#1
For example, in a song with E Minor, D Major, and C Major.. is it better to play in E Minor and assorted scales like E Harmonic Minor throughout the whole song, never switching the key of your scale..
Or to play E Minor and assorted scales (Harmonic Minor etc) when the E Minor chord is heard, but then when the song switches over to D Major, play in the D Major Scale or any other scale that sounds good over a major chord, and when it switches to C Major, play the C Major Scale?

What sounds better? Which do most of the good guitarists do?
Last edited by robbit10 at Sep 17, 2011,
#3
I think switching scale for every chord would sound schizophrenic, and probably very modal depending on what notes you chose to focus on.

If it were me, I'd generally just stick with whatever the key of the piece was, but by all means experiment. To be honest, you're probably going to be the only one who notices. I'm a bassist, I feel your pain.
#5
Quote by robbit10
For example, in a song with E Minor, D Major, and C Major.. is it better to play in E Minor and assorted scales like E Harmonic Minor throughout the whole song, never switching the key of your scale..
Or to play E Minor and assorted scales (Harmonic Minor etc) when the E Minor chord is heard, but then when the song switches over to D Major, play in the D Major Scale or any other scale that sounds good over a major chord, and when it switches to C Major, play the C Major Scale?

What sounds better? Which do most of the good guitarists do?

Assuming you don't know for sure what key the piece is in, the best thing to do is work out what notes work with all the chords being used. In this case, with E minor (E-G-B), D major (D-F#-A), and C major (C-E-G) we have the notes E-F#-G-B-C-D. If we fill in the remaining notes using relative major/minor chords we get E-F#-G-A-B-C-D. This is the E minor scale, so we can assume that the piece is in the key of E minor, and therefore it will be best to play E minor for as long as the piece can be assumed to be in E minor. If the chords change, the process to determine the probable key can be repeated, and if it's different then you would switch to it at that point.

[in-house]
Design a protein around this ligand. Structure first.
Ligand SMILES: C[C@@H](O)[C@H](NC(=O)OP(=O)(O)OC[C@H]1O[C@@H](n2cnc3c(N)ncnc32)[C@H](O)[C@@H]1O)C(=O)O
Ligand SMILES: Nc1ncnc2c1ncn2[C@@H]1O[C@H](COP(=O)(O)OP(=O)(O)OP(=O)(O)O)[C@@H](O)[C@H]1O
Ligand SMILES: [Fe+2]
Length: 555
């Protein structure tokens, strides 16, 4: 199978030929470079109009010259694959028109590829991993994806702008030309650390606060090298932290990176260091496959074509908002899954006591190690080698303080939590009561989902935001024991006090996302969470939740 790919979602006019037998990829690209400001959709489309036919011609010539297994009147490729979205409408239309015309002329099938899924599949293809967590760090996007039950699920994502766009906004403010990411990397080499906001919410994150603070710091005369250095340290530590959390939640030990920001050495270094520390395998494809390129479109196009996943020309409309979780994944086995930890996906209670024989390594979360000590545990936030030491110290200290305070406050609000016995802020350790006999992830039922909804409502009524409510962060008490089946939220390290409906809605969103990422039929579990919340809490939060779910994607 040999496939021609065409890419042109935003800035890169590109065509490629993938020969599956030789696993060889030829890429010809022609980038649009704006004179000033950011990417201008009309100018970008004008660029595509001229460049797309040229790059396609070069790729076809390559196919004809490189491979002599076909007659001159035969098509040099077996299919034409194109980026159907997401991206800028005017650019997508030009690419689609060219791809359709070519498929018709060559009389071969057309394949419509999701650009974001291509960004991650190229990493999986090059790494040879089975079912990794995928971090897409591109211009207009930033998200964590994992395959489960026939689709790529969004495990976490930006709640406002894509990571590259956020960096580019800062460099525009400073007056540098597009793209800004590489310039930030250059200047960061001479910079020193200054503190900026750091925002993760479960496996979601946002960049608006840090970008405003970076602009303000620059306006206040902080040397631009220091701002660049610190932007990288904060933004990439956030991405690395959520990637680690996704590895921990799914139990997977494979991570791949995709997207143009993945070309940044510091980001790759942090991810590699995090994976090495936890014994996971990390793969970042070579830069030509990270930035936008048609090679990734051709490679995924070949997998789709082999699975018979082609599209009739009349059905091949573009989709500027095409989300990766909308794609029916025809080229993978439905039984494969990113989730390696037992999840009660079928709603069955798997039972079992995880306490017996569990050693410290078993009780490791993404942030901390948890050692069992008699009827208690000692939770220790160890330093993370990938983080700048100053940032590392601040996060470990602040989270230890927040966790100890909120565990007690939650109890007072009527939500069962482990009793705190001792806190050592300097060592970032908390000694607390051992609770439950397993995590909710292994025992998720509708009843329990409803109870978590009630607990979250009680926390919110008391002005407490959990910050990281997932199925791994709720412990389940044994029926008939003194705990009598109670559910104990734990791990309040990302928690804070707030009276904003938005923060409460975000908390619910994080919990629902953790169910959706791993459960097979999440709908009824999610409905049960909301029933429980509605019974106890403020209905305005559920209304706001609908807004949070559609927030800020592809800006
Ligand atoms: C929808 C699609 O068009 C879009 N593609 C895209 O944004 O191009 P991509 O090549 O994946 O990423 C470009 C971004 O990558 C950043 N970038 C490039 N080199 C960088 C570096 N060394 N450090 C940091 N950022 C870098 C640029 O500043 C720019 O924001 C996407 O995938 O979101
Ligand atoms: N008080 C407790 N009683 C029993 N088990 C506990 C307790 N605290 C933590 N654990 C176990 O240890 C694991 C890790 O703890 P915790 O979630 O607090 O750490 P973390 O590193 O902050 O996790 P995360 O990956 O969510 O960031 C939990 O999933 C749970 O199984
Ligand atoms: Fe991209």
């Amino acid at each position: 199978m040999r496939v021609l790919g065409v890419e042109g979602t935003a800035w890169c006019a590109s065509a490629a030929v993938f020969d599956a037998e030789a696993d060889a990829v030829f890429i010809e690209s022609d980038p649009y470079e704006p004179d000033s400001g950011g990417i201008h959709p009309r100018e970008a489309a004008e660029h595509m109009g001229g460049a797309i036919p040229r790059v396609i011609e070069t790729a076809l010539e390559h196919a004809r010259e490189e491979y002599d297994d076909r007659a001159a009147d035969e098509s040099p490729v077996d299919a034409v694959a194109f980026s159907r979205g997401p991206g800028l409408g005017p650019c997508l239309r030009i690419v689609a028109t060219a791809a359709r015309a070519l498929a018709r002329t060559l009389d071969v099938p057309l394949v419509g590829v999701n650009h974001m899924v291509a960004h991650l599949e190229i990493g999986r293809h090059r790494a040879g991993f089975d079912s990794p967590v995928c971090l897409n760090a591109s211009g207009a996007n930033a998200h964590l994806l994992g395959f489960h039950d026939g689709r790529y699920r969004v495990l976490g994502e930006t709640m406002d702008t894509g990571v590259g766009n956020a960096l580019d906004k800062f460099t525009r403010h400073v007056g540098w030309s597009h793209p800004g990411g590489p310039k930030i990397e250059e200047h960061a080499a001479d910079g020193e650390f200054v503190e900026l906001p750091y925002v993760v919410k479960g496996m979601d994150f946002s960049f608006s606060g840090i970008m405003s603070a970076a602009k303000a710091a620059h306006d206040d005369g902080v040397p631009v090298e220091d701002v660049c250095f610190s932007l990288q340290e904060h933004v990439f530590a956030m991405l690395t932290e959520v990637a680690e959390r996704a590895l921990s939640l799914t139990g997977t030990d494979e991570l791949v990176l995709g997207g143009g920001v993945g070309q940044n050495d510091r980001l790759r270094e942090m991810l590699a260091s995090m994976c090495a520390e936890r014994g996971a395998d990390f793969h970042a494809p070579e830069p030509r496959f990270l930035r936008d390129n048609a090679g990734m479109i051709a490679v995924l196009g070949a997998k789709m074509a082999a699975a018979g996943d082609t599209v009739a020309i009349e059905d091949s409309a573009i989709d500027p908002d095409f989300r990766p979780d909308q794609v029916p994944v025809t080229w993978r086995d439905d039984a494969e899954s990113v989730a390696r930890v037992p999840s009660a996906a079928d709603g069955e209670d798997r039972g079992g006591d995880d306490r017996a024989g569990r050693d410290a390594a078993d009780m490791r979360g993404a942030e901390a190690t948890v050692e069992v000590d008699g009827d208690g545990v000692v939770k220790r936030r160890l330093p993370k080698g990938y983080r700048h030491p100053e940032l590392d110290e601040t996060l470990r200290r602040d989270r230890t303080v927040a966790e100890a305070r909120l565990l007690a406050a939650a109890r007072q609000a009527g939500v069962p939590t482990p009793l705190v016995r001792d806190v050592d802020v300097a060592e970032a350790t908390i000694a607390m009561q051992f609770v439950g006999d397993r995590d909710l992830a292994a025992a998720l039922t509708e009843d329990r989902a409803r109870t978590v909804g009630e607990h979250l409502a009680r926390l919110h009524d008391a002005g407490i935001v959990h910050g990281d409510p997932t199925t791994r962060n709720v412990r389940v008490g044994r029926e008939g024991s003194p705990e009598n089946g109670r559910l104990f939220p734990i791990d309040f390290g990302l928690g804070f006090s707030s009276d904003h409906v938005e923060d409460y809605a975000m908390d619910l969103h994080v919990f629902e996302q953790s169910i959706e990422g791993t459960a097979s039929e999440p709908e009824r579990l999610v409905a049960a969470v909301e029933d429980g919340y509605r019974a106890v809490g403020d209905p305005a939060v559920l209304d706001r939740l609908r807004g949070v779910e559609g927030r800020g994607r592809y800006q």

Quote by Animal_Farm
well in jazz they change up to 20 scales and thats what jazz is

That's not necessarily true. I've played plenty of jazz that stays in one key for the piece, and has most of the soloists using one scale based on that key.
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#7
I have both heard and found that both is acceptable. do what you think fits best.
Blues, classical, metal. Who says you cant love all 3?
#8
You could use the harmonic minor scale but i think playing a sharpened 7th would clash with the d major chord. I may be wrong though.

E minor, e minor pentatonic and e blues would be your safest bet
#9
Quote by robbit10
For example, in a song with E Minor, D Major, and C Major.. is it better to play in E Minor and assorted scales like E Harmonic Minor throughout the whole song, never switching the key of your scale..
Or to play E Minor and assorted scales (Harmonic Minor etc) when the E Minor chord is heard, but then when the song switches over to D Major, play in the D Major Scale or any other scale that sounds good over a major chord, and when it switches to C Major, play the C Major Scale?

What sounds better? Which do most of the good guitarists do?


Are you talking about KEYS or CHORDS? If Chords...Well all of those chords are good for Em, but my question is, why are you using Harmonic Minor? Do you know what you're even doing when you use it?